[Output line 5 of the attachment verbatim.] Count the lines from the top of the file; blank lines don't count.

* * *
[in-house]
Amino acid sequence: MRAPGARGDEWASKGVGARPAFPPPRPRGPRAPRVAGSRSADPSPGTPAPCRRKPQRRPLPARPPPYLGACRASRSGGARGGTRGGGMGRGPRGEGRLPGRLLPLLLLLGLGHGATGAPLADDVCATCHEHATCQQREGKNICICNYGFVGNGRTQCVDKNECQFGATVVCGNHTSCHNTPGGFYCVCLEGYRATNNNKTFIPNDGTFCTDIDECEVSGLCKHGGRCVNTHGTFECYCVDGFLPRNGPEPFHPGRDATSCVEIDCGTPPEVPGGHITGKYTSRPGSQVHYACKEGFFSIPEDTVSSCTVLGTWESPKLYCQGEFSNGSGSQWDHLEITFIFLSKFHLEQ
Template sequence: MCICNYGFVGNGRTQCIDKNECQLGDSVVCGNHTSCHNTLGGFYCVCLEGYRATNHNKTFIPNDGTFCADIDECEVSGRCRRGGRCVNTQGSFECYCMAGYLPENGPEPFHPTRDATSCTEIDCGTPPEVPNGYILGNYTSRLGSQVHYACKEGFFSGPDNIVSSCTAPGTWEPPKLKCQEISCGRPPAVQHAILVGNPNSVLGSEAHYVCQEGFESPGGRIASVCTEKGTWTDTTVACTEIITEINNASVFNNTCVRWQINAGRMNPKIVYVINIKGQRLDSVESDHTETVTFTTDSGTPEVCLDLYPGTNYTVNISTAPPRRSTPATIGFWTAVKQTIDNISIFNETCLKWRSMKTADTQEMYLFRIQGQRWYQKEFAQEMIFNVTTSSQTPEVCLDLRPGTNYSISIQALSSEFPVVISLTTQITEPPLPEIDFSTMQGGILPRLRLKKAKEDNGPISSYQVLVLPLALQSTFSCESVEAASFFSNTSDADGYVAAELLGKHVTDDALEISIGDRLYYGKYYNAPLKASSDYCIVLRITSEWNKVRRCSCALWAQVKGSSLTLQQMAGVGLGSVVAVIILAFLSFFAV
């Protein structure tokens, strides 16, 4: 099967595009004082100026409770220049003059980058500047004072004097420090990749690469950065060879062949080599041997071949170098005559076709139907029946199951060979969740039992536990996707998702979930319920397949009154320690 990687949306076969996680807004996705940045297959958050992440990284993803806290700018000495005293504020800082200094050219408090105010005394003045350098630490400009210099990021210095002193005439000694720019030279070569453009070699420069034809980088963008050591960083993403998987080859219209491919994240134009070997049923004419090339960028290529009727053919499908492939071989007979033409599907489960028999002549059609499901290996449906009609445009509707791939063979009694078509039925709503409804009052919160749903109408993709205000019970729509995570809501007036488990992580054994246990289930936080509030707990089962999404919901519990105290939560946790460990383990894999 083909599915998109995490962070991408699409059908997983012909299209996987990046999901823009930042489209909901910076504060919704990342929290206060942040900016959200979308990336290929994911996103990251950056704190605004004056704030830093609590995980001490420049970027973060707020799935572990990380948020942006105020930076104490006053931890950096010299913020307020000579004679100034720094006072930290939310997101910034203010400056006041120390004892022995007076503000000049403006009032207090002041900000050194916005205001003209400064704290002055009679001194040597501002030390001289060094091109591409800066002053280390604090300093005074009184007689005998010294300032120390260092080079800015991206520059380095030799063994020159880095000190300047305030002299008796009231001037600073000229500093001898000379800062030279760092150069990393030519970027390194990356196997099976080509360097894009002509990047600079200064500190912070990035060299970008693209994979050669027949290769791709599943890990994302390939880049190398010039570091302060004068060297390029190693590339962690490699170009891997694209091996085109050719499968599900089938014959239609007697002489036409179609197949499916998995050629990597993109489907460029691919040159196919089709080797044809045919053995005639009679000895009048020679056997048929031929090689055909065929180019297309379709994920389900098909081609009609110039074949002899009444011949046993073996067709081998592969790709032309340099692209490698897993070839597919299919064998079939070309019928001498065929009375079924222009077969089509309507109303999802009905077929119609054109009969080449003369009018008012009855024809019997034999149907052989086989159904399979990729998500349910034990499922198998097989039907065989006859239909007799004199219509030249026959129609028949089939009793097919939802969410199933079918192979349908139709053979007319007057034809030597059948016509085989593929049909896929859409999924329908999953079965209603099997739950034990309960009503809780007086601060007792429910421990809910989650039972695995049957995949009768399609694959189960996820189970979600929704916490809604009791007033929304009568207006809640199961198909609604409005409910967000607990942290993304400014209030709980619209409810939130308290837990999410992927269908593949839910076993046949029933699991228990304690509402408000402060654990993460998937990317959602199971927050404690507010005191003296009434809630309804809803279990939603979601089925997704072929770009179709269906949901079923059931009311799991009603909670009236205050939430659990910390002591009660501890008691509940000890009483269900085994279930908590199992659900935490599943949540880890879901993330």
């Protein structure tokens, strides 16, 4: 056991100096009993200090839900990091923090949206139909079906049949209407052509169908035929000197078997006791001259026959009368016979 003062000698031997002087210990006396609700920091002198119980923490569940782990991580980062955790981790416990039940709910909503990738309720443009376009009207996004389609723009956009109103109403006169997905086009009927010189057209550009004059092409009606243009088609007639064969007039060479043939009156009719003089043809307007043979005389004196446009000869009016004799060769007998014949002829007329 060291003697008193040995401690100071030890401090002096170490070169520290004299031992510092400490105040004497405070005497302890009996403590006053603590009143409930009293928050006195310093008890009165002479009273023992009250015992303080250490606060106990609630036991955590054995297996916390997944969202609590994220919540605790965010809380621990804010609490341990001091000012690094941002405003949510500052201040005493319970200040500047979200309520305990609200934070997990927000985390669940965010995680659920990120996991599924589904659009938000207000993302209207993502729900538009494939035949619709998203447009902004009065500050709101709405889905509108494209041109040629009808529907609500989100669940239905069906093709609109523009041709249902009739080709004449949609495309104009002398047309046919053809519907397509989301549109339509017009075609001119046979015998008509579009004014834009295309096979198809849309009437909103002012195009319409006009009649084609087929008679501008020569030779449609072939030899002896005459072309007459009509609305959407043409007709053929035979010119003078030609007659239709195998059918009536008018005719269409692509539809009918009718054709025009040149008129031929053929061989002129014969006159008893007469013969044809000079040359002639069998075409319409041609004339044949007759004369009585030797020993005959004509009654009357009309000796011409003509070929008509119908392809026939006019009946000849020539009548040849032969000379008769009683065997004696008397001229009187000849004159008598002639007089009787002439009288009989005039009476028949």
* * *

């Protein structure tokens, strides 16, 4: 056991100096009993200090839900990091923090949206139909079906049949209407052509169908035929000197078997006791001259026959009368016979 003062000698031997002087210990006396609700920091002198119980923490569940782990991580980062955790981790416990039940709910909503990738309720443009376009009207996004389609723009956009109103109403006169997905086009009927010189057209550009004059092409009606243009088609007639064969007039060479043939009156009719003089043809307007043979005389004196446009000869009016004799060769007998014949002829007329 060291003697008193040995401690100071030890401090002096170490070169520290004299031992510092400490105040004497405070005497302890009996403590006053603590009143409930009293928050006195310093008890009165002479009273023992009250015992303080250490606060106990609630036991955590054995297996916390997944969202609590994220919540605790965010809380621990804010609490341990001091000012690094941002405003949510500052201040005493319970200040500047979200309520305990609200934070997990927000985390669940965010995680659920990120996991599924589904659009938000207000993302209207993502729900538009494939035949619709998203447009902004009065500050709101709405889905509108494209041109040629009808529907609500989100669940239905069906093709609109523009041709249902009739080709004449949609495309104009002398047309046919053809519907397509989301549109339509017009075609001119046979015998008509579009004014834009295309096979198809849309009437909103002012195009319409006009009649084609087929008679501008020569030779449609072939030899002896005459072309007459009509609305959407043409007709053929035979010119003078030609007659239709195998059918009536008018005719269409692509539809009918009718054709025009040149008129031929053929061989002129014969006159008893007469013969044809000079040359002639069998075409319409041609004339044949007759004369009585030797020993005959004509009654009357009309000796011409003509070929008509119908392809026939006019009946000849020539009548040849032969000379008769009683065997004696008397001229009187000849004159008598002639007089009787002439009288009989005039009476028949």